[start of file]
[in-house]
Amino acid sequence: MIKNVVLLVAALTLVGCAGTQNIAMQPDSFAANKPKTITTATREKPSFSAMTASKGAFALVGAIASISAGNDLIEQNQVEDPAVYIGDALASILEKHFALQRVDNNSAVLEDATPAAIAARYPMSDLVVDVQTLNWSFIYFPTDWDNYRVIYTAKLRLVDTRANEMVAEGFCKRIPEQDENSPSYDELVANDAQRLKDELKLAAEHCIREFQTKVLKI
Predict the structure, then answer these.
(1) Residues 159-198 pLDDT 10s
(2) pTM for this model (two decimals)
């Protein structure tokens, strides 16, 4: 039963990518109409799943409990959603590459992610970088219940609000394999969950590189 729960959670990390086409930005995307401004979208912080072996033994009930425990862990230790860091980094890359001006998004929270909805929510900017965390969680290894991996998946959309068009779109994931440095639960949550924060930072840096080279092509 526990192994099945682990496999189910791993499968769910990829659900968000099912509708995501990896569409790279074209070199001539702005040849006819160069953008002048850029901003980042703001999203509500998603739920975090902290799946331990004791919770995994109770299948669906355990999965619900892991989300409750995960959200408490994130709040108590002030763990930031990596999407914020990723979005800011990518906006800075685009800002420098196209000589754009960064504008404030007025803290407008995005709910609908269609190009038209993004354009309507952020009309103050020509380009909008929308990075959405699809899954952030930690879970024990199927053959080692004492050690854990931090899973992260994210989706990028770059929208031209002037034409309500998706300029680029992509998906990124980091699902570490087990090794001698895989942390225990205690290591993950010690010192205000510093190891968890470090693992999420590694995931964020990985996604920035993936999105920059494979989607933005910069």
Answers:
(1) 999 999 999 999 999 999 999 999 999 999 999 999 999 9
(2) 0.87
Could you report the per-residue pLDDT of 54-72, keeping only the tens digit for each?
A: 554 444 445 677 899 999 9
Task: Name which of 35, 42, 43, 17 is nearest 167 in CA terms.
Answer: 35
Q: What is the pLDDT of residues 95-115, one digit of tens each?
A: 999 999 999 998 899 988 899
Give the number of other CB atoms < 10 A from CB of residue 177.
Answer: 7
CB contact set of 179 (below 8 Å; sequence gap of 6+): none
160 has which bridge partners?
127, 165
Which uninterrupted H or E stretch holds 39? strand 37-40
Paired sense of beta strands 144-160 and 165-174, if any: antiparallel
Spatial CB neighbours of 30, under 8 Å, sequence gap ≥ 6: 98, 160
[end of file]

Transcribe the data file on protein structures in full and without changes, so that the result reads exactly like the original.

[in-house]
Amino acid sequence: MIKNVVLLVAALTLVGCAGTQNIAMQPDSFAANKPKTITTATREKPSFSAMTASKGAFALVGAIASISAGNDLIEQNQVEDPAVYIGDALASILEKHFALQRVDNNSAVLEDATPAAIAARYPMSDLVVDVQTLNWSFIYFPTDWDNYRVIYTAKLRLVDTRANEMVAEGFCKRIPEQDENSPSYDELVANDAQRLKDELKLAAEHCIREFQTKVLKI
Predict the structure, then answer these.
(1) Residues 159-198 pLDDT 10s
(2) pTM for this model (two decimals)
């Protein structure tokens, strides 16, 4: 039963990518109409799943409990959603590459992610970088219940609000394999969950590189 729960959670990390086409930005995307401004979208912080072996033994009930425990862990230790860091980094890359001006998004929270909805929510900017965390969680290894991996998946959309068009779109994931440095639960949550924060930072840096080279092509 526990192994099945682990496999189910791993499968769910990829659900968000099912509708995501990896569409790279074209070199001539702005040849006819160069953008002048850029901003980042703001999203509500998603739920975090902290799946331990004791919770995994109770299948669906355990999965619900892991989300409750995960959200408490994130709040108590002030763990930031990596999407914020990723979005800011990518906006800075685009800002420098196209000589754009960064504008404030007025803290407008995005709910609908269609190009038209993004354009309507952020009309103050020509380009909008929308990075959405699809899954952030930690879970024990199927053959080692004492050690854990931090899973992260994210989706990028770059929208031209002037034409309500998706300029680029992509998906990124980091699902570490087990090794001698895989942390225990205690290591993950010690010192205000510093190891968890470090693992999420590694995931964020990985996604920035993936999105920059494979989607933005910069």
Answers:
(1) 999 999 999 999 999 999 999 999 999 999 999 999 999 9
(2) 0.87
Could you report the per-residue pLDDT of 54-72, keeping only the tens digit for each?
A: 554 444 445 677 899 999 9
Task: Name which of 35, 42, 43, 17 is nearest 167 in CA terms.
Answer: 35
Q: What is the pLDDT of residues 95-115, one digit of tens each?
A: 999 999 999 998 899 988 899
Give the number of other CB atoms < 10 A from CB of residue 177.
Answer: 7
CB contact set of 179 (below 8 Å; sequence gap of 6+): none
160 has which bridge partners?
127, 165
Which uninterrupted H or E stretch holds 39? strand 37-40
Paired sense of beta strands 144-160 and 165-174, if any: antiparallel
Spatial CB neighbours of 30, under 8 Å, sequence gap ≥ 6: 98, 160